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Aretha Franklin tribute concert comes to Boston

Celina Colby
Celina Colby is an arts and travel reporter with a fondness for Russian novels.... VIEW BIO
Aretha Franklin tribute concert comes to Boston
Chelsea native and “R.E.S.P.E.C.T” host Terrell Foster-James. COURTESY PHOTO

Aretha Franklin’s legacy will be honored in the only appropriate way this month, with a full-fledged tribute concert and dance party. “R.E.S.P.E.C.T — A Celebration of the Music of Aretha Franklin,” at the Emerson Colonial Theatre March 17 and 18, brings powerful vocals and essential history to the stage.

Though this is a tribute concert and not a play, the four hosts guiding audiences through the experience do weave information about Franklin’s life into the show. As they perform a set that moves through Franklin’s life and career, the hosts explain what circumstances led to these incredible hits.

For Chelsea native and “R.E.S.P.E.C.T” host Terrell Foster-James, the performance is a homecoming as well as a way to pay homage to one of his favorite artists. Foster-James grew up performing and touring with the Boston Children’s Chorus and received a full scholarship to Berklee College of Music. Now he’s coming full circle, touring a show through the city that shaped him as an early artist.

“A lot of people that are coming to see the show, I haven’t seen them since I was training as a child to do exactly what I’m doing now,” says Foster-James. “I’m extremely excited.”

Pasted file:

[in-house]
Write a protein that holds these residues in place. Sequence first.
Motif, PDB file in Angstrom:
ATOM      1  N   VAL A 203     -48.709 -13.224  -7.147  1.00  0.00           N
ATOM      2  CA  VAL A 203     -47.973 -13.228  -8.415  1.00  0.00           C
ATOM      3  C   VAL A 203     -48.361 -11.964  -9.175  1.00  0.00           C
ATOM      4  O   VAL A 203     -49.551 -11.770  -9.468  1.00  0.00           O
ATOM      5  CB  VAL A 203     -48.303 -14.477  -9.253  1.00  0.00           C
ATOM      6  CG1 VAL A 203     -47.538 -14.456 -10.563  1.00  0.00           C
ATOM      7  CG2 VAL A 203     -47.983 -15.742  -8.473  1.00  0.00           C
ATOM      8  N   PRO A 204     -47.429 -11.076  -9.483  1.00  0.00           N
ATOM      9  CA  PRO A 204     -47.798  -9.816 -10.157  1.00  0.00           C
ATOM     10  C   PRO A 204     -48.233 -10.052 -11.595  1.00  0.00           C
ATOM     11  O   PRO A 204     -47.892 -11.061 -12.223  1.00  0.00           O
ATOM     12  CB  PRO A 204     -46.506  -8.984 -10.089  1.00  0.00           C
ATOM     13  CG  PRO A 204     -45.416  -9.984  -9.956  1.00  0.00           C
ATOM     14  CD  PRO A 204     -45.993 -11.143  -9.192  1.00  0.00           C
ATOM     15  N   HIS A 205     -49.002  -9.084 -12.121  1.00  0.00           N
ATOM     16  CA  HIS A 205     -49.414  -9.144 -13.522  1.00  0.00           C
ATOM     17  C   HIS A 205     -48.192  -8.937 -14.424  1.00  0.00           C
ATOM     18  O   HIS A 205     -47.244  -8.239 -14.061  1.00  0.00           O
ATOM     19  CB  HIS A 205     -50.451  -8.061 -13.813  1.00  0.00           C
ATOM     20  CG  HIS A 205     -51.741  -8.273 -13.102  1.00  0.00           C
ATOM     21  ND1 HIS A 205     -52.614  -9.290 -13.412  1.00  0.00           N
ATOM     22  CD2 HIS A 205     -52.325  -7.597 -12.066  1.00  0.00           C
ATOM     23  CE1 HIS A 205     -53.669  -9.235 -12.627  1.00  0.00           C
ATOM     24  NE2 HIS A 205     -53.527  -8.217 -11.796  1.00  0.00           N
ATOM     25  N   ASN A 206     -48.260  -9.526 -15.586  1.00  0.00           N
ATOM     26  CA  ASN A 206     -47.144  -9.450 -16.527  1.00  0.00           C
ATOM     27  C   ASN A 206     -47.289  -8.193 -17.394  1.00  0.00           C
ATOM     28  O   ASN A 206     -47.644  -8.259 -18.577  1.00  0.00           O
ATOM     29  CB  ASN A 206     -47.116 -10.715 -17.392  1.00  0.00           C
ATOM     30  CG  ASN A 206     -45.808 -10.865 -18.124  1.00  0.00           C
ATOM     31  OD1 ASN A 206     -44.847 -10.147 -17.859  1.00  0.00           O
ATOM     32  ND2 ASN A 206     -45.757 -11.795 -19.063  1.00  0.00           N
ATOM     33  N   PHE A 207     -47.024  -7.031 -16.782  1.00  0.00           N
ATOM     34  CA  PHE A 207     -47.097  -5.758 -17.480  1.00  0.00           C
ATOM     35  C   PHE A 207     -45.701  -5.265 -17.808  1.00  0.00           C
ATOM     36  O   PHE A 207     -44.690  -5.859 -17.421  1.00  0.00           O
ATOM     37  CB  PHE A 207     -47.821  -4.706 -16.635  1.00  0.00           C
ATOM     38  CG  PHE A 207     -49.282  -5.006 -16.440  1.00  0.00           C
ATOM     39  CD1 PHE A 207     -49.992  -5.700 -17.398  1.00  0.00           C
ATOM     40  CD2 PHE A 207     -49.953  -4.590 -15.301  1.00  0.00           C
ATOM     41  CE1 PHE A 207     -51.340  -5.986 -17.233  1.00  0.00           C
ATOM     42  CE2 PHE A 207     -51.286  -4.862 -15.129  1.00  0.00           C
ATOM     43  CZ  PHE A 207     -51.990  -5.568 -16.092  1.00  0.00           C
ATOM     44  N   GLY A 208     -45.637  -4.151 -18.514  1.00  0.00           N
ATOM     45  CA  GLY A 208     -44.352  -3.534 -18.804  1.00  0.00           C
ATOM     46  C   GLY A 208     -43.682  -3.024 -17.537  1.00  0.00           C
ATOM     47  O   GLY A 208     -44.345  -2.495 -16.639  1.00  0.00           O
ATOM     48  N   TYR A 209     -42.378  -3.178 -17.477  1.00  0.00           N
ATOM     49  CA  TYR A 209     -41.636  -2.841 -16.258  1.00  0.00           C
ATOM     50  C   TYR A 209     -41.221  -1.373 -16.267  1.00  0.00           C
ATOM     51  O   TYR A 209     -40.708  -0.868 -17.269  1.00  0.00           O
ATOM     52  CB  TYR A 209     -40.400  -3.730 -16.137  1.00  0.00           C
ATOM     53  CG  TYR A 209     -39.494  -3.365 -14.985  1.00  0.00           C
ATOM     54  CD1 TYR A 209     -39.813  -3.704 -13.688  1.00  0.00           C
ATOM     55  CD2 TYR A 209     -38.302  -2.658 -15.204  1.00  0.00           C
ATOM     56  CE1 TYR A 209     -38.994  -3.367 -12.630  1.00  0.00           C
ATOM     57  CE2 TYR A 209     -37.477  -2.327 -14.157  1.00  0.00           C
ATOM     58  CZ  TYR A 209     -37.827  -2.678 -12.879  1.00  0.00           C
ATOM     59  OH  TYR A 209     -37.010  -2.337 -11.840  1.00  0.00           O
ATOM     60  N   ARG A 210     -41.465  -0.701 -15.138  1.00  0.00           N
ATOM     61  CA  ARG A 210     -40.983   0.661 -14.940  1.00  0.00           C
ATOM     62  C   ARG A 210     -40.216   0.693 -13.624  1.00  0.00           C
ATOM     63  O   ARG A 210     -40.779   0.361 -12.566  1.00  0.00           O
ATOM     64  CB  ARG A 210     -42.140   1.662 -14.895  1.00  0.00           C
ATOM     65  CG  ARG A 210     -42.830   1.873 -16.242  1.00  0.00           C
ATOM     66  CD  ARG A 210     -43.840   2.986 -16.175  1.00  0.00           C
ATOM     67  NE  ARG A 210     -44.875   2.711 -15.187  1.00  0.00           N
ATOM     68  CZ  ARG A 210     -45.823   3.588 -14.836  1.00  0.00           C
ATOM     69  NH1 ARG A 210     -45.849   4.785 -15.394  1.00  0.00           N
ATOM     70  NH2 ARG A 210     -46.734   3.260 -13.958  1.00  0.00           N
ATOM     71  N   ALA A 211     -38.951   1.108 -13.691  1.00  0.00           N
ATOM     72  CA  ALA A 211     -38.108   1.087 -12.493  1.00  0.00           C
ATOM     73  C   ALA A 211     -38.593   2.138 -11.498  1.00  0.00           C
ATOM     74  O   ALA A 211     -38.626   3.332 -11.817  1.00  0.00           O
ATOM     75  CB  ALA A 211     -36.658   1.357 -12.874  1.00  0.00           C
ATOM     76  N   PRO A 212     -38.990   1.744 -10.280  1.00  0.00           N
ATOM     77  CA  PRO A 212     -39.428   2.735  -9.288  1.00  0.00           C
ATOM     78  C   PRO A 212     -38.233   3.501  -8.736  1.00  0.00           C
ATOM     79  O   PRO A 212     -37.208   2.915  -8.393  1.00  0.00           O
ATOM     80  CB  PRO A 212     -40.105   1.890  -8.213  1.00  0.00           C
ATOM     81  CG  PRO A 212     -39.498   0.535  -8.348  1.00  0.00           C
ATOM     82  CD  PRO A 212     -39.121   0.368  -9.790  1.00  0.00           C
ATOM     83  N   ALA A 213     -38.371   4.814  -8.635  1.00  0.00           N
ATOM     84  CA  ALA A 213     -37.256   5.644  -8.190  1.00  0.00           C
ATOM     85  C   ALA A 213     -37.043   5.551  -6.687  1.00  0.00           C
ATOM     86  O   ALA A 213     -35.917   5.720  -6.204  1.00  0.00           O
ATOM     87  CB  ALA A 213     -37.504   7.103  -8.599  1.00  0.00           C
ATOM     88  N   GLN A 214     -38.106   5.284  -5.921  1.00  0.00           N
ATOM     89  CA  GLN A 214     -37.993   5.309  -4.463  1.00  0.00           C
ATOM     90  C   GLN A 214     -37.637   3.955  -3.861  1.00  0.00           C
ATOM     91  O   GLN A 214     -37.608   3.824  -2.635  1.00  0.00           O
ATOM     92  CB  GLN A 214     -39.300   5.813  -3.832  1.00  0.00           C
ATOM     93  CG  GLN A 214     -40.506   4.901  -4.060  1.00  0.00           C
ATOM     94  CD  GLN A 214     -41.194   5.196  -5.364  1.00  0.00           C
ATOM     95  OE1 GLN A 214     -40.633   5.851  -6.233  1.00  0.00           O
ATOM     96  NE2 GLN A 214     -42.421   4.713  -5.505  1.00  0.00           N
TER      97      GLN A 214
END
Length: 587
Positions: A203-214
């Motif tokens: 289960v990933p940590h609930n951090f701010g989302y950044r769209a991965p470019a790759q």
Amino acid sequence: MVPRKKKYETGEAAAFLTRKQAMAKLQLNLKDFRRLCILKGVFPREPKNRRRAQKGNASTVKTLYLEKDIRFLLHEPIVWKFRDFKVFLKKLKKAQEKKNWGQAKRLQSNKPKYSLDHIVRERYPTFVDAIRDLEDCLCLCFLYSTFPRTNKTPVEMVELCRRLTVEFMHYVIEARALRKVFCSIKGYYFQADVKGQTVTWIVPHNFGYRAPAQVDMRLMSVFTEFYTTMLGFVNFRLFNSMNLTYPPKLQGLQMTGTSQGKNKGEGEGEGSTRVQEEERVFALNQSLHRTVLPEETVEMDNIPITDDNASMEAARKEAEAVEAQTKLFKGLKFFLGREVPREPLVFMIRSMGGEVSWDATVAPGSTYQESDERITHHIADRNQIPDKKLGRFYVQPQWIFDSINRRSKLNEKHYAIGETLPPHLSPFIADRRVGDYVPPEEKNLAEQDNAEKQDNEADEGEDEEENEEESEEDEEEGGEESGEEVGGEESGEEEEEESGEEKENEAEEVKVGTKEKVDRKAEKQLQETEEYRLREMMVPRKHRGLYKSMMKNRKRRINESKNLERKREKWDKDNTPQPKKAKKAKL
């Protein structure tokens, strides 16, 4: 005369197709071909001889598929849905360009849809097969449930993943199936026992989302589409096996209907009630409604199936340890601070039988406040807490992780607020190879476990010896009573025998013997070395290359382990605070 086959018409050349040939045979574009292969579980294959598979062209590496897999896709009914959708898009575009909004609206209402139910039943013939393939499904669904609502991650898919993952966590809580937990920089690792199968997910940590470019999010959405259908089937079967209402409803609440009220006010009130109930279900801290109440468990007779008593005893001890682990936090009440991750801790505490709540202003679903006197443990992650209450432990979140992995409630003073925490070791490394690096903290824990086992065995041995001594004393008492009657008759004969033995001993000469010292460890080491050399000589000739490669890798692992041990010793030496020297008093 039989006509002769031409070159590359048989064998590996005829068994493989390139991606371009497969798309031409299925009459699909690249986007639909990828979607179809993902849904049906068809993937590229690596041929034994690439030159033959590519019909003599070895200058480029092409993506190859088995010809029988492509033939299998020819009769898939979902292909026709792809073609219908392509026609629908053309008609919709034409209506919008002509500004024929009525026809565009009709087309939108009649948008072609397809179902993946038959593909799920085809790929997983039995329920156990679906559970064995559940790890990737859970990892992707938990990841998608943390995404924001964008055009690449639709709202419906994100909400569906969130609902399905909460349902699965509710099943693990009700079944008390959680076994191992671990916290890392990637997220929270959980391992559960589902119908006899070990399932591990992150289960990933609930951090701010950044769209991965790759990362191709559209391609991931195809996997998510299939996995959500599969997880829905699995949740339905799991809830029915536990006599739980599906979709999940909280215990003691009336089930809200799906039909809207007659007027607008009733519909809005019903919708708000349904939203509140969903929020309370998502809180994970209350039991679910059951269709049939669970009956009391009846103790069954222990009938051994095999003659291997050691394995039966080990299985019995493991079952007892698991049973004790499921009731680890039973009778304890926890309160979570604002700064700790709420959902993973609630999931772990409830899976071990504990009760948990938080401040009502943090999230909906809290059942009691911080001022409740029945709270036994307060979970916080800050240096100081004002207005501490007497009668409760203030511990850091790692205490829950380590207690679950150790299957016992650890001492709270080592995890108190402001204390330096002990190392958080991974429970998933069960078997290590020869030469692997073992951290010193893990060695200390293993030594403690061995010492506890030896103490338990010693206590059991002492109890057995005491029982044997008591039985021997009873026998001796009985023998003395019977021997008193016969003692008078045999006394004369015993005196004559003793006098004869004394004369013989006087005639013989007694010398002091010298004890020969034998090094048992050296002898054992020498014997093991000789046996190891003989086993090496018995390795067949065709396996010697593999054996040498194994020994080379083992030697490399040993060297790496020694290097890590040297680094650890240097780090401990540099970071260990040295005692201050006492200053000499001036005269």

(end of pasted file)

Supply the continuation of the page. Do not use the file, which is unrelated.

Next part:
Foster-James also has an interesting role as the only man in the four-person cast. He says it took some time to discover how he could best show up for Franklin as a man. “It’s been an experience for me to tap into my own inner diva … and to see how I can add that to telling her story and showcasing her legacy,” he says.

Franklin went through a lot before hitting stardom, and still more afterward. In addition to having a tumultuous personal history, the singer was operating during the thick of the Civil Rights movement and hit barriers based on her race and sex constantly. Foster-James says it’s learning about everything Franklin experienced that makes this such an inspiring evening.

“There were people in those days that didn’t want people that look like us to thrive and succeed,” says Foster-James. “She overcame a lot of adversity and still made it to the top, and that’s extremely inspiring.”

Above all, the concert is a celebration. Audiences will be up and dancing to hits like “Natural Woman,” “Chain of Fools,” “Respect,” and many more. Foster-James’s personal favorite is “Rock Steady.” Learning the cultural and personal context behind these showstoppers makes them that much more powerful.

“It’s very interactive, it’s very immersive … It’s kind of like a party,” says Foster-James. “At the end of the day, we’re here to celebrate her life.”

Aretha Franklin, arts, music
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